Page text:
ONE OF THE FAMOUS POEMS by John Milton (Don’t know? Ask Google) is ‘On His Blindness‘. That set me thinking — of MY future blindness.
One of my parents went blind due to glaucoma (eye pressure) months before death. I was told that it was genetic and so I must get checked. Expectedly, when I did, it was glaucoma. Anyone whose parents (or one one them) had glaucoma MUST have an eye-check, I was told, After expensive field vision tests thrice, I was just told to take care. No surgery was advised. Perhaps it was too late.
So, resigned to turning blind (again, I hope, just for months before death) I downloaded several of Librivox audio books. After hearing 19 books of P. G. Wodehouse, it occurred to the old cerebrum: Without sight, how can I know which book to hear and how to start it on the device?
So that set me thinking about blindness and trying to find my way around with eyes closed. I recalled a delightful essay by E. V. Lucas, (who? Google again) which I read decades ago, about a small puppy he named ‘Lord of Life’ for its liveliness. Just to know how the puppy looked at the world, Lucas went around on all-fours looking up at people and things.
That gave him a new view of the world. But how about people who had no vision, or sight, at all? After my social work group organized a vintage car rally with blind navigators carrying route directions in braille, it occurred to me that the whole society/community/country is blind – to the plight of the blind.
So I planned (but could not put through) a public awareness drive with several persons marching blindfolded, running into people, bumping into things, carrying placards on how to treat the blind and respect the white cane – the worldwide symbol of the blind.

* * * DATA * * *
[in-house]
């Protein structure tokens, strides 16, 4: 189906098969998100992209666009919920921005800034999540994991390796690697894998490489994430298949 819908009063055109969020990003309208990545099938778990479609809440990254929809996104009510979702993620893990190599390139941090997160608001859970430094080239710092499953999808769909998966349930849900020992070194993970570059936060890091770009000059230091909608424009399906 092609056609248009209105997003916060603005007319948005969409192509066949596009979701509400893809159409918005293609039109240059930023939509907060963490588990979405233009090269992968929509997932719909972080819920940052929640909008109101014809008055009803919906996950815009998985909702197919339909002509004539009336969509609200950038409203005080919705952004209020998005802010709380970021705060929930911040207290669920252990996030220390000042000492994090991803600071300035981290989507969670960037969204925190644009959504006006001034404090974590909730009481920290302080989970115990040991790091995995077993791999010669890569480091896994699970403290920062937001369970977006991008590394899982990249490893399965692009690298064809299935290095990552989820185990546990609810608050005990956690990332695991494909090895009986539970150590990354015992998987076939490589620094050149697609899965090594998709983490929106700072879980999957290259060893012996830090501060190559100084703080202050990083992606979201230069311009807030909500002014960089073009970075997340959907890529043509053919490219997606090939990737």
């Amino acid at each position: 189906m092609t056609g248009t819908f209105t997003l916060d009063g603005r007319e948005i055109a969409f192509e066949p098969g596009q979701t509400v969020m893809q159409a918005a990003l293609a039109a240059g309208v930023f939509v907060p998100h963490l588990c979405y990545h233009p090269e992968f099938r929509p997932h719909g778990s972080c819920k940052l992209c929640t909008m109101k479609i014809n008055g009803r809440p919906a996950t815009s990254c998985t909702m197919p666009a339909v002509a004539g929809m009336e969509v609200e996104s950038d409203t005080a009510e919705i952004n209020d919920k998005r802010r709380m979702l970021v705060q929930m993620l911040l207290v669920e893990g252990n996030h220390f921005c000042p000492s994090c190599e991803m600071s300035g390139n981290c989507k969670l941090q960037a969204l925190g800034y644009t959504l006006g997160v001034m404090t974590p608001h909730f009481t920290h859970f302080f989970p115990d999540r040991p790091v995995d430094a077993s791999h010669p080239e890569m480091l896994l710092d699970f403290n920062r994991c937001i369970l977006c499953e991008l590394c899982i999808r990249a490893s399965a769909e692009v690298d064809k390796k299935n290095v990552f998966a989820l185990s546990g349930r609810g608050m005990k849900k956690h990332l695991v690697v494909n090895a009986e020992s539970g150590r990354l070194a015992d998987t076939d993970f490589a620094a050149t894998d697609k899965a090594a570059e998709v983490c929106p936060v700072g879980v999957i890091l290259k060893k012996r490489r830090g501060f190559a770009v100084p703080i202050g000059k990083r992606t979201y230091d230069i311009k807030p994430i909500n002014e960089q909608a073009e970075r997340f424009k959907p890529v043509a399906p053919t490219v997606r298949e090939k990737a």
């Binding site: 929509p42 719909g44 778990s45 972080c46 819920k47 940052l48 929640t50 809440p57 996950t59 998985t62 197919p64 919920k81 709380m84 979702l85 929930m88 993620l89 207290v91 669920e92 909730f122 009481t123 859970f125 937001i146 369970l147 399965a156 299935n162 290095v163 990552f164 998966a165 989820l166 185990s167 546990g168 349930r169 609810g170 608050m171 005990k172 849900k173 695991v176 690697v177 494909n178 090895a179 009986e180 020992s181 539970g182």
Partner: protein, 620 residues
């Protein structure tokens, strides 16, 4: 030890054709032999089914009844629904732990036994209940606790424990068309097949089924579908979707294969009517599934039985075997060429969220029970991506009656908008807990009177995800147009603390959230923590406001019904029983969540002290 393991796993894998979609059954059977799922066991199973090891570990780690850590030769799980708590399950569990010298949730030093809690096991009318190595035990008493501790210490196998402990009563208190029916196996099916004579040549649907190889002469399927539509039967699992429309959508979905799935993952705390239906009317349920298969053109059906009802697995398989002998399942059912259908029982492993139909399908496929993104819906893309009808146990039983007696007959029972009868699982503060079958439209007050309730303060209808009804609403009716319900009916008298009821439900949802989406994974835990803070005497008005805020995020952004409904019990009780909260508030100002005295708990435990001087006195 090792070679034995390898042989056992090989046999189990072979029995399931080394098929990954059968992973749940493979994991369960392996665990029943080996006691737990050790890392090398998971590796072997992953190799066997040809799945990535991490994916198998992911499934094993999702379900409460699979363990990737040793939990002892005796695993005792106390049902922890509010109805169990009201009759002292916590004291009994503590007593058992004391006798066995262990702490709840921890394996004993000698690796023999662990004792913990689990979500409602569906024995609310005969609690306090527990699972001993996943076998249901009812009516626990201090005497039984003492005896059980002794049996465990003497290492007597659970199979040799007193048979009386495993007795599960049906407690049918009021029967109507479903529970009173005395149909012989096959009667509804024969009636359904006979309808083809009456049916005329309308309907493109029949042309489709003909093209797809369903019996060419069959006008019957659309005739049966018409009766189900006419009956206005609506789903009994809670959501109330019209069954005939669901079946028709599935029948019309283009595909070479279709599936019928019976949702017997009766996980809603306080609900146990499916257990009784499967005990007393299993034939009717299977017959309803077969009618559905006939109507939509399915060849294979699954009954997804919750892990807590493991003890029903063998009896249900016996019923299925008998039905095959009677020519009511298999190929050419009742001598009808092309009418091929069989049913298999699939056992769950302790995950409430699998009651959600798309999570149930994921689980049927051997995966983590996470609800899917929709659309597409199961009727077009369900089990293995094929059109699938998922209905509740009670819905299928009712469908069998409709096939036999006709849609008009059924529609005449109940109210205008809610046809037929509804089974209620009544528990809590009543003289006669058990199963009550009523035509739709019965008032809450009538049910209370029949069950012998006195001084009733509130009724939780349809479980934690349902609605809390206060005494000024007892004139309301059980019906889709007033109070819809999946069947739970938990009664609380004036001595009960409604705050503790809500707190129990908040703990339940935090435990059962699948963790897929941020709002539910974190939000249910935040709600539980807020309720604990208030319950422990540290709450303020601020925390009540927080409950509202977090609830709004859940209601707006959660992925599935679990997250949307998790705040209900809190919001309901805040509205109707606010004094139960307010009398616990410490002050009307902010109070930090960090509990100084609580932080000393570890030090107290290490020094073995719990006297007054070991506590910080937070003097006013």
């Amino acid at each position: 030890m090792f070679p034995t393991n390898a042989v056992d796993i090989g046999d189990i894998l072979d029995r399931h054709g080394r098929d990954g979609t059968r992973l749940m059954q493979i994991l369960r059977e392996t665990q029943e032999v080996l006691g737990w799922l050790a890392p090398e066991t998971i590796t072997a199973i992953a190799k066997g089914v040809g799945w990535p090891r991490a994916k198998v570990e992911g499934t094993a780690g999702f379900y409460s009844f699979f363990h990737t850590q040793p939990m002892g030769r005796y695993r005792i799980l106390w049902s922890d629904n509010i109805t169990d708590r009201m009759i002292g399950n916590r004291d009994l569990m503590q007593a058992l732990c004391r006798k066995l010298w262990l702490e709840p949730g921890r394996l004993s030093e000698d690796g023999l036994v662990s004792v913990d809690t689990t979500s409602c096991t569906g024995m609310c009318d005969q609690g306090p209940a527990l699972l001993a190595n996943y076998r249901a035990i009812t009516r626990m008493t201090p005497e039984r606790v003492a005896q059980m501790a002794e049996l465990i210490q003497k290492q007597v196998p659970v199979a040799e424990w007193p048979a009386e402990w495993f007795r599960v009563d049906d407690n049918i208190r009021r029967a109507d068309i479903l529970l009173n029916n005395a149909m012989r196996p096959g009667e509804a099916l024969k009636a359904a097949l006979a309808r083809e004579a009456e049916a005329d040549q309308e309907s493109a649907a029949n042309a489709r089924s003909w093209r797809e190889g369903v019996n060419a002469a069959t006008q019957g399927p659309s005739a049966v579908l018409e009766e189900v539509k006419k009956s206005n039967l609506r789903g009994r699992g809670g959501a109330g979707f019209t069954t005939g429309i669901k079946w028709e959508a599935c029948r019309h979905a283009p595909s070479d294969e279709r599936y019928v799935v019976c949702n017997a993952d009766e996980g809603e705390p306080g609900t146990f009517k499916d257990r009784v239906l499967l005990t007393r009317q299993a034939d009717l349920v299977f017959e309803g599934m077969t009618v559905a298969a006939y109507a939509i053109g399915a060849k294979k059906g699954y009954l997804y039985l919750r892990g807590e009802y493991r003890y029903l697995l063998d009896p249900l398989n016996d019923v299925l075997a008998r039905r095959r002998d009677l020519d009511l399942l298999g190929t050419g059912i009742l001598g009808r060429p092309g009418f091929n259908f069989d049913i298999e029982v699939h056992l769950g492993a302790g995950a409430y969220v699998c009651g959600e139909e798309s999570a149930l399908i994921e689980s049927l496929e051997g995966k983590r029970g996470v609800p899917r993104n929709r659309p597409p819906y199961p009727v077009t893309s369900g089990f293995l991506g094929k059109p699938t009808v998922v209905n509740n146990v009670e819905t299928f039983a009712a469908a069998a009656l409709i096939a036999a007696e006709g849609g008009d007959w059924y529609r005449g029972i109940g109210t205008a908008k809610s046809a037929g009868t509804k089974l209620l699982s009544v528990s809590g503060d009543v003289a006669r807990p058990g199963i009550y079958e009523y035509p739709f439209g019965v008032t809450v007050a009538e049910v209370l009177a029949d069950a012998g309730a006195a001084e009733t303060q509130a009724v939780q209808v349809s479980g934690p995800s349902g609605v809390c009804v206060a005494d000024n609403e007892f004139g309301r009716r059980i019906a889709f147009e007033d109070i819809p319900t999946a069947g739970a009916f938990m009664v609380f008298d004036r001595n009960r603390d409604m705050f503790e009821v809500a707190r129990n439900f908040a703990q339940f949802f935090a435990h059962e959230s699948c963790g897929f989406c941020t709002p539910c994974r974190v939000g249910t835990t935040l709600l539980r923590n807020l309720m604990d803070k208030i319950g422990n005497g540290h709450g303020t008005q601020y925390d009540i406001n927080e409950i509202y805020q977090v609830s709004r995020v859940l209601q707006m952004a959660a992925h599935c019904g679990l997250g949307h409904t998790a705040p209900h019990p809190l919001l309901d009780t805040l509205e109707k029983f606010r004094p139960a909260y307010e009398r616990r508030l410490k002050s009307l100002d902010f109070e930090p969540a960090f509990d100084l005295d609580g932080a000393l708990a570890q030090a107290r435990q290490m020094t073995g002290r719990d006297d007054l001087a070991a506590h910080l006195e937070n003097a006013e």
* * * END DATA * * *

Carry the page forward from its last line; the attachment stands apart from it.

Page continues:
It was again in my social work days that I learnt about white cane, mobility training and serving blind people (“The curry is at 9 0’clock and Dal at 3” would make it clear to them when an Indian food plate is kept before the blind). In those days a blind Ph.D. student told me how she could match the colours of her saree and blouse. She associated a colour with each texture she knew by touch – like rayon, linen, cotton, silk, poplin or Georgette.
Editing reports for a consultancy firm, Erin, I found there a blind telephone operator who remembered people by voice, could dial numbers and give extensions. He was also the captain of the state’s blind cricket team.
I recalled interviewing as a cub reporter some 60 years ago, an Indian professor of New School of Social Research, New York, who went around that bustling city with the help of just a white cane.
In India he would have fallen into road potholes or on uneven footpaths, abused, pushed around, bumped into and shouted at by many: “Are you blind?”
He WAS blind.
Or was it the sighted people around, blind to his white cane and black goggles, who were really blind?